Reproductive Medicine & IVF

IVF Support: Balancing Patients' Hopes and Fertility Reality

An infertility diagnosis and IVF bring about a range of challenging emotions. You can offer emotional IVF support and prepare patients for the process.

Dealing with infertility and going through the process of in vitro fertilization (IVF) can be a stressful and deeply emotional time for patients and their partners. Hope is frequently coupled with feelings of stress and grief. Ultimately, IVF support from all physicians on the care team and others around the patient will be key to their success and well-being.

Fertility specialists can reach out with advice and tips to help patients cope. However, sometimes, the emotional needs of patients and their partners require care from trained mental health professionals. Have a list of referrals available to local therapists or psychologists who specialize in helping people cope with infertility.

The Emotional Rollercoaster

An infertility diagnosis may bring feelings of grief and loss for your patients who expected to build their families in a certain way. There is often guilt, anger and shame mixed in, as well — and sometimes, jealousy or sadness when the patient sees friends and family conceive. Not to mention, IVF is physically and financially exhausting in ways your patients may not have expected.

Patients undergoing IVF tend to have higher rates of stress, anxiety and depression than the general public, reports research published in PLoS One. Stress itself may have a negative effect on fertility: Women with higher levels of stress and reduced mental health tend to have lower odds of pregnancy and unsuccessful IVF cycles that contribute to worsening depression, according to a separate study from PLoS One. Recognizing this connection between stress and fertility, then, can solidify a patient's decision to discontinue fertility treatment based solely on its mental health impacts.

The ongoing strain of IVF treatment can also affect your patient's relationship with their support system, including a partner, friends or family. So, how can fertility specialists help?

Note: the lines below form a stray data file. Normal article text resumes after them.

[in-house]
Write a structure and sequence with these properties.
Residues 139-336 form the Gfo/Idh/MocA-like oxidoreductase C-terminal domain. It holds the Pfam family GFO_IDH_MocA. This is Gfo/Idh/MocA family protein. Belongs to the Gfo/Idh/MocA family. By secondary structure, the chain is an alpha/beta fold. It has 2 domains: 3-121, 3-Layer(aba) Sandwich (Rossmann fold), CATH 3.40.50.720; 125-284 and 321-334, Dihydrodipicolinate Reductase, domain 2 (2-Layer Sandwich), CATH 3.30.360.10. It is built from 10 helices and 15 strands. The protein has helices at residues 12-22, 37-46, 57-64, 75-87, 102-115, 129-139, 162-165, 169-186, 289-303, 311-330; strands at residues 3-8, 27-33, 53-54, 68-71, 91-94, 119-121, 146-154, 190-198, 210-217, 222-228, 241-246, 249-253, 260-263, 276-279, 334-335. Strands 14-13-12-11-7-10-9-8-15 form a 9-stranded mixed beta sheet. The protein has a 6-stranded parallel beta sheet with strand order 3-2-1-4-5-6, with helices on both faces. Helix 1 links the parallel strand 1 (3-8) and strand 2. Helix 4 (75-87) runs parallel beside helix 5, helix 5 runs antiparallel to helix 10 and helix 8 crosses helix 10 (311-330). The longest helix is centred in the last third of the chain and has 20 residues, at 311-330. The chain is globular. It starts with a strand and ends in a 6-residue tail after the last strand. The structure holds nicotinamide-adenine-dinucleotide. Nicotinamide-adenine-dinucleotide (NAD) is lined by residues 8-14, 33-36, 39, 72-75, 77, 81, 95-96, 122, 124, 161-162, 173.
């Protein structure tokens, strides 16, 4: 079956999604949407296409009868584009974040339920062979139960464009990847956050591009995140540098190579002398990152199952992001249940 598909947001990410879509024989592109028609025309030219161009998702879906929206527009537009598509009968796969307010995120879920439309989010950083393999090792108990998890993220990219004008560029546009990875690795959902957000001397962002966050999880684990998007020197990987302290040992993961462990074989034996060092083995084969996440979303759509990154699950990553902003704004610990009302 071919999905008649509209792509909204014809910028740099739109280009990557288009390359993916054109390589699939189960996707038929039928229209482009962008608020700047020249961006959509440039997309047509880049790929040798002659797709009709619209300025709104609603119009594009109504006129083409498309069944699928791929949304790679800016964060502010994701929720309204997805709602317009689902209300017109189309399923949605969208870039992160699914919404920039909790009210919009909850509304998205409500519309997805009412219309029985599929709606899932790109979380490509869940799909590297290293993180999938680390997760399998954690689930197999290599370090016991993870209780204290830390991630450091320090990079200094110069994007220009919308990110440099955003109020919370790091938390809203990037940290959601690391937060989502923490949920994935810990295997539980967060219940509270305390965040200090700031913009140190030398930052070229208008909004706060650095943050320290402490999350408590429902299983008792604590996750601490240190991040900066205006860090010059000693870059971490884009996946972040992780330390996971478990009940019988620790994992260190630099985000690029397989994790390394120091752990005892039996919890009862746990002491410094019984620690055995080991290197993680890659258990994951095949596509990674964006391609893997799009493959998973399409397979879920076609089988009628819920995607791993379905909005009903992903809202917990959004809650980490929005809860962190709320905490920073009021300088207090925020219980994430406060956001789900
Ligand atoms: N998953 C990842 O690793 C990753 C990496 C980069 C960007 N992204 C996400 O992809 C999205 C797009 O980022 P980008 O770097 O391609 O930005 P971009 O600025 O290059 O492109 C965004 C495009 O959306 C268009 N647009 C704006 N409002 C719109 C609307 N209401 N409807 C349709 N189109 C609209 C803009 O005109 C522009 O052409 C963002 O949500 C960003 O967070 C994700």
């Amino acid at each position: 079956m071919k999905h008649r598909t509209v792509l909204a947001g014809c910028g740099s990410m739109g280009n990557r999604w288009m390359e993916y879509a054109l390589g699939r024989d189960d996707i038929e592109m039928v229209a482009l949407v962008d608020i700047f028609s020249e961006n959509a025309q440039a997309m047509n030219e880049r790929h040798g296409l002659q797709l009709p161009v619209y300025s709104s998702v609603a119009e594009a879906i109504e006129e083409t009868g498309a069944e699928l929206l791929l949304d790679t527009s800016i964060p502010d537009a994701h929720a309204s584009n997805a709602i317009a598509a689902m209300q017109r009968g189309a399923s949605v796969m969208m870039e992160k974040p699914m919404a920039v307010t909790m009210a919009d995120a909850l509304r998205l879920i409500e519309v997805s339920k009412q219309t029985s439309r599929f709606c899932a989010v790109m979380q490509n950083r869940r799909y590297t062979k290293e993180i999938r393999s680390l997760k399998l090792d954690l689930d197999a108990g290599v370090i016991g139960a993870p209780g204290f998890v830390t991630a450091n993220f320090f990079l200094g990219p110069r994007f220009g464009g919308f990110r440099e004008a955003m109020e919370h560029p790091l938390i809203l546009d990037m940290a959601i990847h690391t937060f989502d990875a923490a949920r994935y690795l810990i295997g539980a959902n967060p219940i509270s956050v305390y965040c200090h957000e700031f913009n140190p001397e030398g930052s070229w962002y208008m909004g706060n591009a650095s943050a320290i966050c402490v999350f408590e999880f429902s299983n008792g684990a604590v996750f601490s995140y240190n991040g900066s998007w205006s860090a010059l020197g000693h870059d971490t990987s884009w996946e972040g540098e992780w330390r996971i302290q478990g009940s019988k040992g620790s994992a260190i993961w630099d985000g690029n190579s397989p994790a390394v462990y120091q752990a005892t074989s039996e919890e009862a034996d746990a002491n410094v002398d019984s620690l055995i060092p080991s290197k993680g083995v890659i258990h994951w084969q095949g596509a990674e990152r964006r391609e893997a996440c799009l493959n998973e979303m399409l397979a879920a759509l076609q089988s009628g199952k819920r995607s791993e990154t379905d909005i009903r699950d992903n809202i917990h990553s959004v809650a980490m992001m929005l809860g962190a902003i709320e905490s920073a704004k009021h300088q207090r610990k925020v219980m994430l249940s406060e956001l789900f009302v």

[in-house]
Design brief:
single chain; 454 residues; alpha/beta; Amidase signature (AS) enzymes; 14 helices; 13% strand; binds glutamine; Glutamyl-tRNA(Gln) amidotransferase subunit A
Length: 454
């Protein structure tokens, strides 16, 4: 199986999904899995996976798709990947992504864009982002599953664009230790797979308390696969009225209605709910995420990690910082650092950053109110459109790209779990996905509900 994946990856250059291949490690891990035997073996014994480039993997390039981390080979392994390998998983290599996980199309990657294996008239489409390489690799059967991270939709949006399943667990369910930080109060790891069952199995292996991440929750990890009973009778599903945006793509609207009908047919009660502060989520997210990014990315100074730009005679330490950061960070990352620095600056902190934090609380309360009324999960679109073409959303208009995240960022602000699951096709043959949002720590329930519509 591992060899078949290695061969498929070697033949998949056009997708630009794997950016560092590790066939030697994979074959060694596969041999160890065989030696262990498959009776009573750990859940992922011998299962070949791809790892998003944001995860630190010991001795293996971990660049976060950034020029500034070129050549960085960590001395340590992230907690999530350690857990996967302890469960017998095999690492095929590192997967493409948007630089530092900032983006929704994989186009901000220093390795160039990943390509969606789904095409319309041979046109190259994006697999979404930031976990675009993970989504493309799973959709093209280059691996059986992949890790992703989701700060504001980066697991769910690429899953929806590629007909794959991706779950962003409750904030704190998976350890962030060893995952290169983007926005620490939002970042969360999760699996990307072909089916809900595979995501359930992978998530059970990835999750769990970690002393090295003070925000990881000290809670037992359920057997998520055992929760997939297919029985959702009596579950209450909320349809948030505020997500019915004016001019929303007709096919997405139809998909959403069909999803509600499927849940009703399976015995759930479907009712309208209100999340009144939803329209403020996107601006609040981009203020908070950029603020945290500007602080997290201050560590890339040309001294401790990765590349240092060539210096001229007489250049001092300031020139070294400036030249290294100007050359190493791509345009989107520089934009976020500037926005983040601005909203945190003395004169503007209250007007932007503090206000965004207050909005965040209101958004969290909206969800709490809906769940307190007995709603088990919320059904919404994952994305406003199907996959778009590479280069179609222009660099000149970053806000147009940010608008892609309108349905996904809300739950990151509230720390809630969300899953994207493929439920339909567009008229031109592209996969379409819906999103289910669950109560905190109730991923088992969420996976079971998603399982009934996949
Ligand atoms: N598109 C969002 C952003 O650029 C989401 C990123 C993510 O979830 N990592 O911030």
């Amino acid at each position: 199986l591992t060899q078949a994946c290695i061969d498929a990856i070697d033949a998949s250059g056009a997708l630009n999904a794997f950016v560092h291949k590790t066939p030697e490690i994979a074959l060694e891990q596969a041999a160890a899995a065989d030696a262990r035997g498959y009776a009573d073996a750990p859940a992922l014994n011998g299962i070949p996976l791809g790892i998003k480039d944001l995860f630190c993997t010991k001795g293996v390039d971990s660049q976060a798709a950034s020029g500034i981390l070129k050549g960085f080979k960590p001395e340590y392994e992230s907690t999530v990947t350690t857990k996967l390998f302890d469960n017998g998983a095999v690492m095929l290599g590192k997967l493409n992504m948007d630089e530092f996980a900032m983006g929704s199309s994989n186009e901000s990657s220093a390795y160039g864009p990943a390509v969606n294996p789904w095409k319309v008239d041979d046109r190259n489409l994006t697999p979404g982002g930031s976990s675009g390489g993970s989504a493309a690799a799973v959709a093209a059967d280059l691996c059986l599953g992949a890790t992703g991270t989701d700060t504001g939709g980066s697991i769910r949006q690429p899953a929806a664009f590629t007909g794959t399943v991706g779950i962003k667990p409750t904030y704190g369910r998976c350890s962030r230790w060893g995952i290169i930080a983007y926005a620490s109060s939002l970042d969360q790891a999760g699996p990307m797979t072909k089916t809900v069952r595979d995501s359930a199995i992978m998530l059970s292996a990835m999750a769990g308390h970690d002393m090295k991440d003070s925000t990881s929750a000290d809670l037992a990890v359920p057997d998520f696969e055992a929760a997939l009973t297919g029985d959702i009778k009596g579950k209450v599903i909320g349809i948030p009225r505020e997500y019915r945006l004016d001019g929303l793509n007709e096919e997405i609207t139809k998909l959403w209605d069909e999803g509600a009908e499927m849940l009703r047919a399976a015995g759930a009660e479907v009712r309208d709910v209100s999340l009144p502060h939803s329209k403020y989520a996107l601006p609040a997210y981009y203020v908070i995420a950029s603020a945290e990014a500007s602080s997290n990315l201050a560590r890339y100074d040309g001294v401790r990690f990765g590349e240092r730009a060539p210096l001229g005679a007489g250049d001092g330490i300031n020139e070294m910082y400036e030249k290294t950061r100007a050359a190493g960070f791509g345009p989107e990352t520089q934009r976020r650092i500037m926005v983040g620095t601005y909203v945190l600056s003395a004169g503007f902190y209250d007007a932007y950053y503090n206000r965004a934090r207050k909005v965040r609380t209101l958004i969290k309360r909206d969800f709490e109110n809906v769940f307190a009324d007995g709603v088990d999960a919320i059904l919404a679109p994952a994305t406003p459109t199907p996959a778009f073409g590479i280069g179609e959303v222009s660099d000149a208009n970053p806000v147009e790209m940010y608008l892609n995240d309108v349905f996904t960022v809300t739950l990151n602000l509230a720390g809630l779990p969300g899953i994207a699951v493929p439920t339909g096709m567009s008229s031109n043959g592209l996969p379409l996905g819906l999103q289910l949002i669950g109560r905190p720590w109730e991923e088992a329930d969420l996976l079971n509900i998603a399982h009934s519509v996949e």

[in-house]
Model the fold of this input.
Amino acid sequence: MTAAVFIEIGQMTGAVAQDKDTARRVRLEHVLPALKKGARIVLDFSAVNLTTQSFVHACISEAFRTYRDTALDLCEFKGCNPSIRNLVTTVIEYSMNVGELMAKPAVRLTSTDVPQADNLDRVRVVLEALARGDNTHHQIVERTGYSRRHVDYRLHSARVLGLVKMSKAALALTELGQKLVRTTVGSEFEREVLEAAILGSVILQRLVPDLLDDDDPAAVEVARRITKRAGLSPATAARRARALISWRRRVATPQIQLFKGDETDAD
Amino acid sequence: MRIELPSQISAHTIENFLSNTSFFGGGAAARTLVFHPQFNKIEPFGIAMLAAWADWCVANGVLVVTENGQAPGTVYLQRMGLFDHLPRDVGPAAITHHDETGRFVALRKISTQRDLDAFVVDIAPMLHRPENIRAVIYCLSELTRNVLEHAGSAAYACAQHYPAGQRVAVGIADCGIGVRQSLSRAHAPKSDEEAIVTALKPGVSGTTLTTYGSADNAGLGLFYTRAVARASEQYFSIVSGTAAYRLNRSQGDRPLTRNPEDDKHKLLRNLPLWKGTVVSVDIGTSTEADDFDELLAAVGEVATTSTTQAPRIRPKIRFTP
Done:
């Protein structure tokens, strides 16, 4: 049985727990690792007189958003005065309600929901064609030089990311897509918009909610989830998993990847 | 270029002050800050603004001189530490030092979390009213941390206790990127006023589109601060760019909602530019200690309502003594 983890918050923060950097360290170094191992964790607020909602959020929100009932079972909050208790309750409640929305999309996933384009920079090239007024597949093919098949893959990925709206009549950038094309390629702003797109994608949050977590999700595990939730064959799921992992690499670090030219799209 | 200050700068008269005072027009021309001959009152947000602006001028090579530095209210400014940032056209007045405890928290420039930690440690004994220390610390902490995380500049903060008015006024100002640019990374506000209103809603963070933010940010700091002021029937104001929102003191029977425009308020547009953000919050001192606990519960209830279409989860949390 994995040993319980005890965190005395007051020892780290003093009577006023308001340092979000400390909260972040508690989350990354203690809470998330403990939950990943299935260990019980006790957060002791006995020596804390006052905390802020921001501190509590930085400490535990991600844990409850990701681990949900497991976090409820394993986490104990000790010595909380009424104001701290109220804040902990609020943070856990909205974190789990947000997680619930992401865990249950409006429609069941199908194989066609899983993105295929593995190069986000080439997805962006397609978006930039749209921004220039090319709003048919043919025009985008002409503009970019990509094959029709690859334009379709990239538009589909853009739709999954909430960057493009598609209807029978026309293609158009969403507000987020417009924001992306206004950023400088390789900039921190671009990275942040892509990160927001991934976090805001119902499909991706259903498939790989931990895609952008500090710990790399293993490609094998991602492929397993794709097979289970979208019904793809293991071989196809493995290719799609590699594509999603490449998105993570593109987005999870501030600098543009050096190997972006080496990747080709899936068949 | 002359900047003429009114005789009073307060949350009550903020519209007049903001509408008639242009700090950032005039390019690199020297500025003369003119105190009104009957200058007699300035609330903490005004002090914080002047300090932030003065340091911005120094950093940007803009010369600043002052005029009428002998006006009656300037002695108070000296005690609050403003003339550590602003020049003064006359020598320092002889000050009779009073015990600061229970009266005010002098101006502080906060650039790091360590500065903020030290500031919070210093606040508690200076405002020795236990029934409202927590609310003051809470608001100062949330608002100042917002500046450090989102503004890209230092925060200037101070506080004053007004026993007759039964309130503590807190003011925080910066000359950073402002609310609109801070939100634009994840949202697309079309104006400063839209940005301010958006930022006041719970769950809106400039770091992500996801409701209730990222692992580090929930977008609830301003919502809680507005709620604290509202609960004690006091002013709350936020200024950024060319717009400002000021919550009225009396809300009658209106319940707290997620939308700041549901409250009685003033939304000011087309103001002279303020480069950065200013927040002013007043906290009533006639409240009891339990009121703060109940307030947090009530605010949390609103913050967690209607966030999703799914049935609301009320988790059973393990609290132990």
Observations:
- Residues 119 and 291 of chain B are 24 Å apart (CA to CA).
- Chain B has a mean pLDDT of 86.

How You Can Offer IVF Support Emotionally

As the care provider, you are part of the patient's support system. Although some needs may go beyond your expertise, you can offer some guidance and advice at every stage.

Refer to a Professional

If your patient, or their partner, appears to be suffering emotionally to the point where it affects their well-being and treatment, refer them to a qualified mental health professional. It may also help to refer patients for counseling before starting IVF to set realistic expectations. Patients may benefit from a gentle reminder that infertility is a medical diagnosis, not a personal failure. Overcoming feelings of guilt, sadness, betrayal and other negative emotions before starting treatment may improve their outlook through the process.

Educate Your Patients

IVF is often completely new for patients. They may not know what to expect at each stage, understand success rates or foresee how many cycles may be needed. Spend time walking your patient through their infertility diagnosis, the IVF process and risks, and how it all affects them. Talk them through decisions they may need to make, such as whether to freeze oocytes or embryos. Preparing your patient mentally can give them time to make decisions and feel confident in their choices.

Encourage Self-Reflection

Encourage your patients to talk with their partner or support system to strengthen that relationship before treatment. Also, make sure they know who they can go to when the stress and anxiety get to be too much. Invite them to consider coping skills, such as meditation, exercise, art, music or other techniques that can help when the process gets stressful.

Prepare for Challenging Moments

The Society for Assisted Reproductive Technology notes that the 10- to 14-day period between embryo transfer and pregnancy test results is generally the most stressful. After daily interaction with their medical team, patients or couples are on their own while they wait for the results. Be open with your patients about the challenges, and prepare them to have activities to fill their time during this waiting period.

IVF can be a rewarding, exciting time in your patients' lives — but it is also filled with a range of challenging emotions, plus physical and financial strain. So, show empathy and support to your patients throughout. As their provider, you can prepare them for what's coming through education and compassion.